Yet while Marschke acknowledged that the cancellation of the fishing-lot licences would help fish stocks to recover, she said that assessing the move’s effect on Tonle Sap’s ecosystem would require “careful, consistent monitoring”.

“How this impacts small and medium-scale fishers vis-a-vis food security and poverty alleviation also requires far greater attention,” said her 2 March 2012 blogpost that commented on the Cambodian premier’s February pronouncement regarding the cancellation of fishing-lot licences in Tonle Sap.

A dangerous free-for-all?

As for the move to make Tonle Sap a free zone for all, it seems at the very least to immediately favour the small fishers. Questions, however, have been raised to the sustainability of such a set-up, given current realities such as corruption and the ever-present temptation to overfish. Even FIA’s Hap Navy remarks, “It’s good for local people and there is abundant fish in the short-term. How about the future? We can learn from Bangladesh’s experience, they have not had much fish because there was no control.”

Uncontrolled or overfishing has been cited as a major reason for the decline in fish stocks in Bangladesh, where, like Cambodia, people get most of their protein requirements from fish.

“When the fishery communities have the power, how do we maintain a balance?” asks Professor Lim Puy, vice president of the Tonle Sap Authority. “How can you stop fishing if you want to build a house, buy a boat or motorcycle? It’s not six months or one year, perhaps (it can take) five years or 10 years (for one to earn that much money).”

Hem Chanthou, senior project officer of the Asian Development Bank’s Resident Mission in Cambodia, echoes this sentiment and points to the risk that “poor communities might harvest everything they can”. He observes that it is difficult for the government to monitor such activities. But what the government should and can do, says the ADB officer, is to aim to raise awareness among the poor communities about the dangers of overexploitation of fish resources, while helping build their capacity and skills. He adds that what is needed is for the government and local communities to co-manage community fishery projects.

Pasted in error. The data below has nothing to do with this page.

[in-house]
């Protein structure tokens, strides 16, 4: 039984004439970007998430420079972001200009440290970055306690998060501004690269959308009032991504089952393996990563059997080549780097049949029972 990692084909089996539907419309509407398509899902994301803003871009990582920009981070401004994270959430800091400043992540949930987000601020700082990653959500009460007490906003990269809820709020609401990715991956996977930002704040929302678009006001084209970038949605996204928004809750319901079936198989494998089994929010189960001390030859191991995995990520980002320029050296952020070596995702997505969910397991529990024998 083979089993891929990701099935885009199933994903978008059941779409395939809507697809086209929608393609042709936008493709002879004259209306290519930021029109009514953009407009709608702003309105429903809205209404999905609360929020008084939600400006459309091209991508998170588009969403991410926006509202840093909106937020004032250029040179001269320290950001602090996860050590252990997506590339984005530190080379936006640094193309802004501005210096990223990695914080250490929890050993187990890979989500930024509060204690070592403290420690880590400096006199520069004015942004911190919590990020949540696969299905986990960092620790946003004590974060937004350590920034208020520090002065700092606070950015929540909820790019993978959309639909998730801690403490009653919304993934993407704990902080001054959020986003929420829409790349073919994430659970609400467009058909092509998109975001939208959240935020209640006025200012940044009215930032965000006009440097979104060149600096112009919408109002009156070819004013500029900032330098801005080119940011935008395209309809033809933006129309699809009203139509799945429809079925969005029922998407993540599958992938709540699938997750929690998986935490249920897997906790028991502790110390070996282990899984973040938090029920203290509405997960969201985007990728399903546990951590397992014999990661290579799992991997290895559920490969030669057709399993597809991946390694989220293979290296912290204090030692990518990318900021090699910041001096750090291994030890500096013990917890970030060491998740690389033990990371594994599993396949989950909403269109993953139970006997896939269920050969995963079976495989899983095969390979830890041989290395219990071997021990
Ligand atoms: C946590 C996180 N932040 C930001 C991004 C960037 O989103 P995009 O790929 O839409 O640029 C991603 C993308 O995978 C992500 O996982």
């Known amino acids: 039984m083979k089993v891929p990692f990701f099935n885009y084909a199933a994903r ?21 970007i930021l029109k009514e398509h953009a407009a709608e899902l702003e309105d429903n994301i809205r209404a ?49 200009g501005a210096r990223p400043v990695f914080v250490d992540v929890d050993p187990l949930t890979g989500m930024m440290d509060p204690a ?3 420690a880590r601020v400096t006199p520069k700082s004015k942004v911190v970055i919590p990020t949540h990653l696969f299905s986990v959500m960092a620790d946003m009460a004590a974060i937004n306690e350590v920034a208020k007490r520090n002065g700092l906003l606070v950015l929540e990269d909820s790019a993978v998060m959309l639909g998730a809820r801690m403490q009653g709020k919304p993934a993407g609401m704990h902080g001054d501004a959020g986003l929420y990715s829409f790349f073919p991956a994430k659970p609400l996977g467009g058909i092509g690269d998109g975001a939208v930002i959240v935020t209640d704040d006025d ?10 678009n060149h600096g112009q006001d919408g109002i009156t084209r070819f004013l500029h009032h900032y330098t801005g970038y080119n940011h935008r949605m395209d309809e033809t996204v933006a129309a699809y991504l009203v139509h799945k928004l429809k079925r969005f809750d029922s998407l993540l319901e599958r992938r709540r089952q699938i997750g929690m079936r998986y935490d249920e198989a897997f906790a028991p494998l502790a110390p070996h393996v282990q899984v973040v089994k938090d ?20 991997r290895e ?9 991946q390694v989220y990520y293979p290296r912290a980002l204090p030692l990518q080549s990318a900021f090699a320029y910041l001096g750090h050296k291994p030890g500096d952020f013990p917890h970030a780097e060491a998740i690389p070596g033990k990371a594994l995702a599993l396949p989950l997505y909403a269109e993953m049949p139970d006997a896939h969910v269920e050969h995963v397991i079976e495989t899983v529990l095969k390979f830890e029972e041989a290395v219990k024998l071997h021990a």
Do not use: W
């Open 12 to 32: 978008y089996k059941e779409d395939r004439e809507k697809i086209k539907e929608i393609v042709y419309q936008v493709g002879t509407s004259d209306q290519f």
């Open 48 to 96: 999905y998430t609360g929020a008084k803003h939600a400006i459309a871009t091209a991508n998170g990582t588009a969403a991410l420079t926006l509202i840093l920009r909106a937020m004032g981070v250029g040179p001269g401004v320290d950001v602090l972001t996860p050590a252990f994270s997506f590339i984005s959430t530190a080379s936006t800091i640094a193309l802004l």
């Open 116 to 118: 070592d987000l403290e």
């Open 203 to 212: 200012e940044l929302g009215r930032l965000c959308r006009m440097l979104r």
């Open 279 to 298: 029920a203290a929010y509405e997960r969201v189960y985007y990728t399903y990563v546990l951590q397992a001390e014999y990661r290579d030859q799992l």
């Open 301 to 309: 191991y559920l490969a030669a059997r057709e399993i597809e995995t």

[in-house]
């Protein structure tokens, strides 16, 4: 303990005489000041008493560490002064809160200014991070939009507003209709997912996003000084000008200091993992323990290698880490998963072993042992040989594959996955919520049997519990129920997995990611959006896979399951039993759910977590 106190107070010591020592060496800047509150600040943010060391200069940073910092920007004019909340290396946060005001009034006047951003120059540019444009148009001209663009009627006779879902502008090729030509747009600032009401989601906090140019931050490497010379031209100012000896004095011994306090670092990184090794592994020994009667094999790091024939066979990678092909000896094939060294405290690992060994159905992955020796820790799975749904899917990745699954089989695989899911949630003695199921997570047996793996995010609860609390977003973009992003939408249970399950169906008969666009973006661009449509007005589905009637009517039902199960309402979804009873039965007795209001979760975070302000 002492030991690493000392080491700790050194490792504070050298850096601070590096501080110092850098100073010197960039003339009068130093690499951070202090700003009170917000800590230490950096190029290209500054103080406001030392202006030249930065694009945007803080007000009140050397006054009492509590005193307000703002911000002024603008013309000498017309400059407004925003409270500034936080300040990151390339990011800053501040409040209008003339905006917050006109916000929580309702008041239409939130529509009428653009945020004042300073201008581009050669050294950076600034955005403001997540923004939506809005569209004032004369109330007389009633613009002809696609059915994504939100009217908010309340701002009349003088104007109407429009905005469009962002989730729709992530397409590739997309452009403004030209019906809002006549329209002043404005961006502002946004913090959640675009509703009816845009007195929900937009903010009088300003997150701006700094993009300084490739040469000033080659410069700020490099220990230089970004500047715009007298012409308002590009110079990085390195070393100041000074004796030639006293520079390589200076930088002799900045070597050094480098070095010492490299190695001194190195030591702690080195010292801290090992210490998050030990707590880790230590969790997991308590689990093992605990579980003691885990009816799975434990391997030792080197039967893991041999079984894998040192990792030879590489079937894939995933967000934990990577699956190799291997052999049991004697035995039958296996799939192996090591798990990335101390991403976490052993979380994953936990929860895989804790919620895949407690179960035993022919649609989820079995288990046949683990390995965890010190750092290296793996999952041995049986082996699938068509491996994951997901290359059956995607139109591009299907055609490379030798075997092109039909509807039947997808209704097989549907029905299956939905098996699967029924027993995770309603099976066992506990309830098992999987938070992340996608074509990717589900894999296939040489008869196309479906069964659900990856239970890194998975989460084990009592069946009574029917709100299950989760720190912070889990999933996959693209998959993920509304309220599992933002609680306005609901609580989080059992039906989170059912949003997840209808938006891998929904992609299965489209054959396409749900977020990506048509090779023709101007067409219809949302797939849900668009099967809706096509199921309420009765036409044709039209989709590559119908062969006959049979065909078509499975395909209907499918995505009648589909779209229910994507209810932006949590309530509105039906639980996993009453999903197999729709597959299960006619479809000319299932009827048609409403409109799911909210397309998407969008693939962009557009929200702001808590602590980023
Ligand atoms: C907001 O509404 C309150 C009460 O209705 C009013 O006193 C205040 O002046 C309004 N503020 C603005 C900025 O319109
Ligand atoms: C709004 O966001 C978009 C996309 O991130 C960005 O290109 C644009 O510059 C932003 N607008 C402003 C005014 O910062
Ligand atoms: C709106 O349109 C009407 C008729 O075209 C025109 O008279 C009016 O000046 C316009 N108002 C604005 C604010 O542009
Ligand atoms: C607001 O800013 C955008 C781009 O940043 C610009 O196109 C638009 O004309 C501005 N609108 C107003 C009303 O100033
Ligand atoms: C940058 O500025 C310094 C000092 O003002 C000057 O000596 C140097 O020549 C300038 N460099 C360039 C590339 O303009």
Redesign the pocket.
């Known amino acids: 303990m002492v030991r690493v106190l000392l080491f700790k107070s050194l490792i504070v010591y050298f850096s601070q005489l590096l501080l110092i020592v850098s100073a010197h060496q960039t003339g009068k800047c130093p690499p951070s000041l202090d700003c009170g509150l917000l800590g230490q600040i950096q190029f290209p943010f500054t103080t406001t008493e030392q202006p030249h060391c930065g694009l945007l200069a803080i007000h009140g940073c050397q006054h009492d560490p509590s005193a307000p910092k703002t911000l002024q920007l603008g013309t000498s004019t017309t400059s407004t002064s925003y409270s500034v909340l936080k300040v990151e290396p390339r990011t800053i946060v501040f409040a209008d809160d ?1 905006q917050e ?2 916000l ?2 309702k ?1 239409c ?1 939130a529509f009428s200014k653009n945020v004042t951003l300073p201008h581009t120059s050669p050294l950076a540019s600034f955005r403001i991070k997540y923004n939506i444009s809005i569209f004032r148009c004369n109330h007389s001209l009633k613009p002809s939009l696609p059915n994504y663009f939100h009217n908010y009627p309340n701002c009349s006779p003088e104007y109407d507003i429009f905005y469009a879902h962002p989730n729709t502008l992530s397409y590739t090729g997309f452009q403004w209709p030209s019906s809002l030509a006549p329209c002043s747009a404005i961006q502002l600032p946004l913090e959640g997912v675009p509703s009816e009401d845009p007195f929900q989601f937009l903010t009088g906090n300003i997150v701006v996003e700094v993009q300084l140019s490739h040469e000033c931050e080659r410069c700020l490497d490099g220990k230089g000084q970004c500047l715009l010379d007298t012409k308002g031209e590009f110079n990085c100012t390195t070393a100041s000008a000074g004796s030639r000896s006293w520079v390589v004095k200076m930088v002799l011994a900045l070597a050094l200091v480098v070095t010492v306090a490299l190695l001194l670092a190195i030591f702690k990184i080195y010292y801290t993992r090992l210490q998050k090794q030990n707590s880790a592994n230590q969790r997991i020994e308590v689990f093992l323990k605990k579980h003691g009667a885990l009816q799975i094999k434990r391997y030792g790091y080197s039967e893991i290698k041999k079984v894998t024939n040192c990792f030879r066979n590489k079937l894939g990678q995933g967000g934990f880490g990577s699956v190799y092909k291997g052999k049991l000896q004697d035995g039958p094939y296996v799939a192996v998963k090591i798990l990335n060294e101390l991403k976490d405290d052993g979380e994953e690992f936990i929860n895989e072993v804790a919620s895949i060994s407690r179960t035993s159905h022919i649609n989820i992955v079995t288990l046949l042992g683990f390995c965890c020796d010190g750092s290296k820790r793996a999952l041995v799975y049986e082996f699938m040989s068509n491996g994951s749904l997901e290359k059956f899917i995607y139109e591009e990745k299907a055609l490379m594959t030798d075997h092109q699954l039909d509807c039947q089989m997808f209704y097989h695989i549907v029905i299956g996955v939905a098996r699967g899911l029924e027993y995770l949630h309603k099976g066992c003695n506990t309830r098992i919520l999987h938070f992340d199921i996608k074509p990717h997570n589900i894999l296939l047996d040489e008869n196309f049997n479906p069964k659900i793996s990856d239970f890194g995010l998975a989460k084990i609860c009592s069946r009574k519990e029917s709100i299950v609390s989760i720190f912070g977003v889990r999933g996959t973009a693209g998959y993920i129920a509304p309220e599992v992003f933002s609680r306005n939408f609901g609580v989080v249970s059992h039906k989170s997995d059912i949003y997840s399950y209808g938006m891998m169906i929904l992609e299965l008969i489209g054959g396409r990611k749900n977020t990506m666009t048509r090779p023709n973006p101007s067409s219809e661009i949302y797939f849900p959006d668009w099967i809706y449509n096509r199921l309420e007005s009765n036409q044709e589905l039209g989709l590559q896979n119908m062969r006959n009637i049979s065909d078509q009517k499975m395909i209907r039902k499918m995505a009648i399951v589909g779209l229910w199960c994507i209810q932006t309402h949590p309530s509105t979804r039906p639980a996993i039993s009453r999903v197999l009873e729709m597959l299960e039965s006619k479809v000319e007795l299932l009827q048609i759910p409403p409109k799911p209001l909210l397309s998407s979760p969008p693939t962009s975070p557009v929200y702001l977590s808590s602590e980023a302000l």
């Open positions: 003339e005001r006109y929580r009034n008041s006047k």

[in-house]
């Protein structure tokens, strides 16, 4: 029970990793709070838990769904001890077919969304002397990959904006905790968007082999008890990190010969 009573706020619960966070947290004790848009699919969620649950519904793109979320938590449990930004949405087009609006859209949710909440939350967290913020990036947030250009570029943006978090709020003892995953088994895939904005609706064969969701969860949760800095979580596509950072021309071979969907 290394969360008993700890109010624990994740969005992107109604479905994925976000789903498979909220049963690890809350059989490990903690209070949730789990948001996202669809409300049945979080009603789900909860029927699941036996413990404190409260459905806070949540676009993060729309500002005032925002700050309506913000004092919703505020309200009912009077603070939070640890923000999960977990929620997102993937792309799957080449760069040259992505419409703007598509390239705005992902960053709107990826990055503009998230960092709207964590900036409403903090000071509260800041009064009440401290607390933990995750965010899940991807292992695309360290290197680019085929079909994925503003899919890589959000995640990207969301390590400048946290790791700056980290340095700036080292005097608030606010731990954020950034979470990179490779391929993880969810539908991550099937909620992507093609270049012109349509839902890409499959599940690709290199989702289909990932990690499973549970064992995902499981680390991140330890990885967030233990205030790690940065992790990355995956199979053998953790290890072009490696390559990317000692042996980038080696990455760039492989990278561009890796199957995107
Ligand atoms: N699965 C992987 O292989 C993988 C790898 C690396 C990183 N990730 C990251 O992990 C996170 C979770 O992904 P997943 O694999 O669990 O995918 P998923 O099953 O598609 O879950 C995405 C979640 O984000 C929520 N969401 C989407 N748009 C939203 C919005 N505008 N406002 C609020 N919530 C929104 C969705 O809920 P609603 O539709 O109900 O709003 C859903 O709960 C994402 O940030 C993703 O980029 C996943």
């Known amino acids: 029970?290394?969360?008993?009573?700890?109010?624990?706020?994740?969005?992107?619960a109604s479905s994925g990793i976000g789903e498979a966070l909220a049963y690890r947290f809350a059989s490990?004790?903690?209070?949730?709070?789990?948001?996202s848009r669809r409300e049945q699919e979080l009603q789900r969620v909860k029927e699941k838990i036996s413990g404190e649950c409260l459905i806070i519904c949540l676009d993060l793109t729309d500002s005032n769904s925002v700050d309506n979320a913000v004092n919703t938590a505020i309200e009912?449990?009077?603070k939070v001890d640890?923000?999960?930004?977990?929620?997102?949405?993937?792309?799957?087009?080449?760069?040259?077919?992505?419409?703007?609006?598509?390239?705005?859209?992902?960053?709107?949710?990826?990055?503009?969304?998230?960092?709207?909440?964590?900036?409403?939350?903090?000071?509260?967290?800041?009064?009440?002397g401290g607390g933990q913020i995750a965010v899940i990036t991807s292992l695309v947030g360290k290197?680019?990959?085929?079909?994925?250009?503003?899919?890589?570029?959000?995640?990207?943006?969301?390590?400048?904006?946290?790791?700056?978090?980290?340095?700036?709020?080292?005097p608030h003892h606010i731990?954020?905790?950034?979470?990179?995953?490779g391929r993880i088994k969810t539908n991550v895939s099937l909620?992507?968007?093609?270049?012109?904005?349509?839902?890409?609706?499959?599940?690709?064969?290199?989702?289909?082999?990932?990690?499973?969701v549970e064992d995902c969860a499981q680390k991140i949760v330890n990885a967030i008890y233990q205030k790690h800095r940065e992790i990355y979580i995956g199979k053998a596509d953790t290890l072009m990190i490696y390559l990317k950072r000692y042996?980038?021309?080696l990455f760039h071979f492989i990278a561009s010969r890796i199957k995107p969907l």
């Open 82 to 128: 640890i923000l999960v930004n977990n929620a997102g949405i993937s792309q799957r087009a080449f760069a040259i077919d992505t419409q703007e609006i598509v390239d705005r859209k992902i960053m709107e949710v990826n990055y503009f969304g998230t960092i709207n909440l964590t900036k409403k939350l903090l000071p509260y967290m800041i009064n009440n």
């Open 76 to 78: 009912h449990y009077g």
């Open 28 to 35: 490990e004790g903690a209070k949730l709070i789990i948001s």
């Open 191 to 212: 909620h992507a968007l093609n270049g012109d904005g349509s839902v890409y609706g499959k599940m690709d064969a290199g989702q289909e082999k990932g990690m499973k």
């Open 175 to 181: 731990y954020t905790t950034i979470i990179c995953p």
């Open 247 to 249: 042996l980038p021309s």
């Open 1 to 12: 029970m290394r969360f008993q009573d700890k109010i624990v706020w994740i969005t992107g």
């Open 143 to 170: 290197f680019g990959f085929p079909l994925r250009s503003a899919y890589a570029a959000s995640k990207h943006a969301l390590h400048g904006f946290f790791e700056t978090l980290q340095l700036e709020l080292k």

FIA Deputy Director General Kaing Khim says that following the prime minister’s directives, her office is ready to assist fishery communities. “We have guidelines to help them prepare their management plans, whether three-year, five-year or annual plans,” she says.

The plans, she notes, should indicate specific priorities such as building sanctuary zones, replanting flooded forests, or re-stocking. The community fisheries will decide the place and size of the conservation area, and also decide how much fish is caught, the number and type of fishing gears to be used. They will have to monitor the fishers as well.

On one wall of Kaing Khim’s Phnom Penh office is a big banner that reads, “Fish for all, all for fish.”  According to the FIA official, the new system would benefit poor families who rely on fishing and also protect the country’s fish resources. “It’s good for both – poor people and sustainable development – if the community functions well,” she says.

Empowering fishers

At present, the FIA is working to raise awareness about the new policies and how they are to be implemented among the fishers in the areas around Tonle Sap. “Our technical staff goes down and works with the community fisheries because they cannot work alone,” Kaing Khim says. “They have very limited knowledge and resources.”

“I think they are not ready,” she also says, “and will not be ready in two or three years more.”